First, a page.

Frankenstein helped to establish the genre of science fiction. On Wednesday, Oct. 24, a panel presentation at the Merril Collection’s special exhibit “200 Years of Mad Science” at the Lillian H. Smith Library will kick off the weeklong program. Shelley’s story reflected Romantic-era anxieties about the progress of scientific reason; the moment Dr. Frankenstein’s creature comes to life demonstrates Shelley’s familiarity with “Galvanism,” professor Richard says—the study of so-called “animal electricity,” a hot scientific topic at the time. (“The specific reanimation of decapitated bodies” using electric currents became a spectacular galvanic fad at the beginning of the 19th century, he says.) A century later, early-20th-century film adaptations would reflect Progressive-Era beliefs about eugenics and biological determinism, with the doctor’s assistant Igor sealing the creature’s villainous fate by mistakenly stealing a “criminal” brain for it from an anatomy lab.
Frankenstein continues to spur engagements with contemporary issues. The Cinema Studies Institute’s professor Brian Jacobson will introduce the film Ex Machina (2014) before a screening on Thursday, Oct. 25 at St. Michael’s; the movie updates Shelley’s mythology for an era of artificial intelligence. The story has also given expression to new questions about race, justice and society. Novelist Victor Lavalle’s graphic novel Destroyer (2018) continues Shelley’s story in an age of widespread concern over police violence in communities of racial minorities.
Professor Richard notes that though Shelley wrote Frankenstein as a frightening ghost story, the novel has lost some of its fear factor. He will introduce a screening of Mel Brooks’ Young Frankenstein (1974) on Monday, Oct. 29 in order to show a more lighthearted side of the book’s cultural reception. The Halloween marathon reading on Wednesday, Oct. 31 at the Toronto Reference library—with interlude music from film adaptations—will serve a similar purpose.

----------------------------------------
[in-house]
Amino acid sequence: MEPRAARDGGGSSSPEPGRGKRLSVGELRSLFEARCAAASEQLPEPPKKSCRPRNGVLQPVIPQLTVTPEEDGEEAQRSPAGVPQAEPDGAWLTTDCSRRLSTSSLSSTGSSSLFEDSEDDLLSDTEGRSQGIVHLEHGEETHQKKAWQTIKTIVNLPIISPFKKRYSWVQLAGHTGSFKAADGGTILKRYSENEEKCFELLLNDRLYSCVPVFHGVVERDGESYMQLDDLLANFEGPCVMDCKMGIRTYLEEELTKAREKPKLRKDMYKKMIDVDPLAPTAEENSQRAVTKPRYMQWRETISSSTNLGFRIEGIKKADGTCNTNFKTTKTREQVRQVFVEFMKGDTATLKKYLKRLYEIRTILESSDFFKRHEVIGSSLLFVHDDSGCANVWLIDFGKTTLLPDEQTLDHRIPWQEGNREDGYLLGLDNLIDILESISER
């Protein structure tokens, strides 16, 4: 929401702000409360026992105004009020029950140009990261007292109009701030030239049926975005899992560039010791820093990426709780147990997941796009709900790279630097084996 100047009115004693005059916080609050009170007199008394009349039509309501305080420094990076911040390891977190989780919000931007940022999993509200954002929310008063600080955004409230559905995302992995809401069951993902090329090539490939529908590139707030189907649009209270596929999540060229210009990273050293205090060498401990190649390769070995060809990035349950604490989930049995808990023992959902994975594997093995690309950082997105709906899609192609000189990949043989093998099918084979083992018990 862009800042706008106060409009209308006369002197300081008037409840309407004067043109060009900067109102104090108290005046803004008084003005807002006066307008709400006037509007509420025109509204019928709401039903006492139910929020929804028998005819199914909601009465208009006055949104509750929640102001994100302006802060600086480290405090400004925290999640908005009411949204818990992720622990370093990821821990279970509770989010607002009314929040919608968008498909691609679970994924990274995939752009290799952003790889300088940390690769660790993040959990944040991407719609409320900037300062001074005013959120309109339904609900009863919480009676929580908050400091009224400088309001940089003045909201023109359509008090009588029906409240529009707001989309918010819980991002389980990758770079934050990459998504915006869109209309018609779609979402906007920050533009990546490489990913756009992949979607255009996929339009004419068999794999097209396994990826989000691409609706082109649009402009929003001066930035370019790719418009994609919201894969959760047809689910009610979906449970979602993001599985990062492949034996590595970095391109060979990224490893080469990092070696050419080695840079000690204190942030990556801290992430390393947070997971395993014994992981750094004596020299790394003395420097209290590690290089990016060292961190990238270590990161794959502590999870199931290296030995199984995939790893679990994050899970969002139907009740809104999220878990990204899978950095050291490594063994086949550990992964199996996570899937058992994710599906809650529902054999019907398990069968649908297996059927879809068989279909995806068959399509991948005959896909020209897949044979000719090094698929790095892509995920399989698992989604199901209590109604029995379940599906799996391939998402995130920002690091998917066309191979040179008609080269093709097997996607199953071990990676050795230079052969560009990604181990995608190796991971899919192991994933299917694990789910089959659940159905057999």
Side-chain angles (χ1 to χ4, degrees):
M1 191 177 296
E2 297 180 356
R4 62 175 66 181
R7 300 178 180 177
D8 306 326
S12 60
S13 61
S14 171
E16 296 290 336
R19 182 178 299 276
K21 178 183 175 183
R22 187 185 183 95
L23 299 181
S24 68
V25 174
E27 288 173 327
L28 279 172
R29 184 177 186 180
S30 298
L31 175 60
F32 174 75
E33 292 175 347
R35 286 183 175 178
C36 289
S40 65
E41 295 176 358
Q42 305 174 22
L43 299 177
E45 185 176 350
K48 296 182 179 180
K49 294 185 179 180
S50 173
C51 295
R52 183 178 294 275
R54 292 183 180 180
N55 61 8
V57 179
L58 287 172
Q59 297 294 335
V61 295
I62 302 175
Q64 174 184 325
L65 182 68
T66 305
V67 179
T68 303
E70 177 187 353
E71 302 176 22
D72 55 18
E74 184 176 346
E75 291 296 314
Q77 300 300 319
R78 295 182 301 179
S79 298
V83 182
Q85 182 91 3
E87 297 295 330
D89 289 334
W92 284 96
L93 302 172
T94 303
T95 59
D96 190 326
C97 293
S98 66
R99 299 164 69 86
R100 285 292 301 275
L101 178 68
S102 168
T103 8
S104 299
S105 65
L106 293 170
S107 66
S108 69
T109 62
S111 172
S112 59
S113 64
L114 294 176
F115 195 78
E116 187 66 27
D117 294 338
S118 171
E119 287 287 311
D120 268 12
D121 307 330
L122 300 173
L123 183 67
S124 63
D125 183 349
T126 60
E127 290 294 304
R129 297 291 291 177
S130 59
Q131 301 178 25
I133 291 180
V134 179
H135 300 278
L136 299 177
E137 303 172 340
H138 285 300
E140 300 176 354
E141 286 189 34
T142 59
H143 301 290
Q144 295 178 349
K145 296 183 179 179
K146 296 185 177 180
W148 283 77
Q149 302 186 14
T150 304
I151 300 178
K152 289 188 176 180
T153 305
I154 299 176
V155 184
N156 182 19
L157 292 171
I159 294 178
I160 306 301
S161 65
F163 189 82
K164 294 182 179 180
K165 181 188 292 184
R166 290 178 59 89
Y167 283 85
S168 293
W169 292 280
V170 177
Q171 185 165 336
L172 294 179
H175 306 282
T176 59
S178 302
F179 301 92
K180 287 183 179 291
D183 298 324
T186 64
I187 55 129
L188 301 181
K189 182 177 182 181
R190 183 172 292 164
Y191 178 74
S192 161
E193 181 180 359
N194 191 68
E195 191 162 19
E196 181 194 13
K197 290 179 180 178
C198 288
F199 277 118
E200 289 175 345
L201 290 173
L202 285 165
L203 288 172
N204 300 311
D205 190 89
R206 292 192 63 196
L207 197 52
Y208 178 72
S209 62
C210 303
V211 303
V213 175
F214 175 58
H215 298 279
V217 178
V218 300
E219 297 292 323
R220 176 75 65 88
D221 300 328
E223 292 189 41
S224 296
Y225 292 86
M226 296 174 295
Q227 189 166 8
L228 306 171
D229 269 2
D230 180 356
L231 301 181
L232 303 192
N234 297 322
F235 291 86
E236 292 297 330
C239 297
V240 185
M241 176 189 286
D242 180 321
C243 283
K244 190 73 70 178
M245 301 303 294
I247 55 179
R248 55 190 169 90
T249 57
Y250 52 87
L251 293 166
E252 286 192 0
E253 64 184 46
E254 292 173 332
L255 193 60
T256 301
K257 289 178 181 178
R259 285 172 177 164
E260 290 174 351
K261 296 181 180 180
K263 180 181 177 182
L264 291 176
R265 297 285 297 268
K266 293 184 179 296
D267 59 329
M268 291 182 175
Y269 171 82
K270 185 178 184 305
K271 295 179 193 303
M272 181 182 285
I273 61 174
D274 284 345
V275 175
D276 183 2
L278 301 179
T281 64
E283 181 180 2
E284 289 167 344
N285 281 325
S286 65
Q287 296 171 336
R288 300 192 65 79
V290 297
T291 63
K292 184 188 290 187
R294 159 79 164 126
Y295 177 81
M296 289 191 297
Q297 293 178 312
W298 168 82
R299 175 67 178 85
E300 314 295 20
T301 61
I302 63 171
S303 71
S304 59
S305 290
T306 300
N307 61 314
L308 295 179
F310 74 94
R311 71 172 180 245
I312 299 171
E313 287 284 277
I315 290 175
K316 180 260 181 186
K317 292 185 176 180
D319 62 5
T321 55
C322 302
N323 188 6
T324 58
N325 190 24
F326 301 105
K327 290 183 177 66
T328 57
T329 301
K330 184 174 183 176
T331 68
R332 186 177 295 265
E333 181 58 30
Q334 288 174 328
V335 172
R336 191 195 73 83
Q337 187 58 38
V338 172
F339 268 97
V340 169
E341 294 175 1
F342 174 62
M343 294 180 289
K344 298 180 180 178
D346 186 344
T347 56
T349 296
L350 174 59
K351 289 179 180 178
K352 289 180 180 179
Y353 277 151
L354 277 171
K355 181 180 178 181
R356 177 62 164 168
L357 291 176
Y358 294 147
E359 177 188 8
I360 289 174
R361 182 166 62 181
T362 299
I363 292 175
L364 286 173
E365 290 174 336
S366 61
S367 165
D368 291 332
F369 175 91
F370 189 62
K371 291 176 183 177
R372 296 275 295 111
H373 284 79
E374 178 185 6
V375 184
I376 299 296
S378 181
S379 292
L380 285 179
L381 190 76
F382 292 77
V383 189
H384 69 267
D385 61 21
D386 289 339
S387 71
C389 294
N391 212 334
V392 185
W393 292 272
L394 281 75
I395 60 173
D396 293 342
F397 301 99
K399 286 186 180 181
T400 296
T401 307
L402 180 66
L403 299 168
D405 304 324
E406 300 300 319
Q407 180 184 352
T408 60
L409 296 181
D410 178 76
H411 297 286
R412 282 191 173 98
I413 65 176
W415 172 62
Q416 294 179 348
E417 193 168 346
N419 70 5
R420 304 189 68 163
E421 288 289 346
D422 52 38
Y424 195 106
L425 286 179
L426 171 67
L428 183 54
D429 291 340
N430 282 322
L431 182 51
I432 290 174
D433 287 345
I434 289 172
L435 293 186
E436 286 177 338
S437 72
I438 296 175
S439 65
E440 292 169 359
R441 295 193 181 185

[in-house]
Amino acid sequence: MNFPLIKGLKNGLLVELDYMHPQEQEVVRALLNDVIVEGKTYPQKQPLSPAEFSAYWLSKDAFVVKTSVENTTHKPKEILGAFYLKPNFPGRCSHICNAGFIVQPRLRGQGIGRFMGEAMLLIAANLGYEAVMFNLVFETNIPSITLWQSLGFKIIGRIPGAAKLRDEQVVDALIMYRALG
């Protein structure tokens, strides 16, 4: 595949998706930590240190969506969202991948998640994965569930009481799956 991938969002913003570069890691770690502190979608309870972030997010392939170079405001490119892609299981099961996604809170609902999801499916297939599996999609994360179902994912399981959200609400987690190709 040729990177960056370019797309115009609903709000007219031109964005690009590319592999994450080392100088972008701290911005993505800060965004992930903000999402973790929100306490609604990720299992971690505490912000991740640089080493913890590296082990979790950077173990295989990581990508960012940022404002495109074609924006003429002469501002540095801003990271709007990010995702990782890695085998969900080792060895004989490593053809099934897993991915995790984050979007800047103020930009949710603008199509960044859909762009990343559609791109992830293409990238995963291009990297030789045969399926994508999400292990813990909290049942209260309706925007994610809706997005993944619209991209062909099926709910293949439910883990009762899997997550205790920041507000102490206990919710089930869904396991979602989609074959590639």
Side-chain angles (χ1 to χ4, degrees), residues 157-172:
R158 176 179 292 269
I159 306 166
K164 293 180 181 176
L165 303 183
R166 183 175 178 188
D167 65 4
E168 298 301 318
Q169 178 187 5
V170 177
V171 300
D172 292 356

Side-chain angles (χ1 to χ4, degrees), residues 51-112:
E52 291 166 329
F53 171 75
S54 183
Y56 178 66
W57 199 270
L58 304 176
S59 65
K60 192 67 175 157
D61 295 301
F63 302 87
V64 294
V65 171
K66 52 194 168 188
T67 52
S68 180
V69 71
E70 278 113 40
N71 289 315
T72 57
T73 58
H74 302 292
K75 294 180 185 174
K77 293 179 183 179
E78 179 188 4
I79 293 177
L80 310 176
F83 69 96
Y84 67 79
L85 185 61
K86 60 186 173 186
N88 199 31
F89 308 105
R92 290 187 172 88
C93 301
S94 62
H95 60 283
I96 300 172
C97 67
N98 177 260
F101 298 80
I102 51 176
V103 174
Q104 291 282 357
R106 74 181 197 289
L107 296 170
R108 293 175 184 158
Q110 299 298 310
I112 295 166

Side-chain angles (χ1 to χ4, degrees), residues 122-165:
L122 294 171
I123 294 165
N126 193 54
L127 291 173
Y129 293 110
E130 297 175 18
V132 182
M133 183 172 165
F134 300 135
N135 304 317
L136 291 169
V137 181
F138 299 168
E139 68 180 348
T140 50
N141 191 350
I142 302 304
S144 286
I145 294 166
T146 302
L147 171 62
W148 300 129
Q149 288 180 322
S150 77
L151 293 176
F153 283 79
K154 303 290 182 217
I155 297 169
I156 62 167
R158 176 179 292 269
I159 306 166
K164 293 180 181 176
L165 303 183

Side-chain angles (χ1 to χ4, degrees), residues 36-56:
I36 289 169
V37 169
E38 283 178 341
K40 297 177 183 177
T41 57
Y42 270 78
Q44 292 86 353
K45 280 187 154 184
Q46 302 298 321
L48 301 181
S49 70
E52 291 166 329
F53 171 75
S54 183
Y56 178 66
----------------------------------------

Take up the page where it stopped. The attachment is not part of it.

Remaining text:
But even if Frankenstein doesn’t frighten modern readers, it provides an endless source of fascination to scholars and specialists, many of whom will participate in a daylong “academic campfire” symposium on the book at St. Michael’s on Friday, Oct. 26. Presenters from across Canada and the US will discuss topics as diverse as cybernetics, the history of the book’s interpretation, the prospect of “responsible” science and the way that theatrical stagings changed the reception of the book.
In celebrating the 200th anniversary of Frankenstein, one question seems particularly apt. “Who are the Victor Frankenstein’s of today’s world?” In response to this question, professor Granata suggested looking into a recent television show—Black Mirror.
“Reading Frankenstein: Then, Now, Next” begins Oct. 24. All events will be free and open to the public.
Martyn Wendell Jones is a content specialist in the Office of Communications at the University of St. Michael’s College.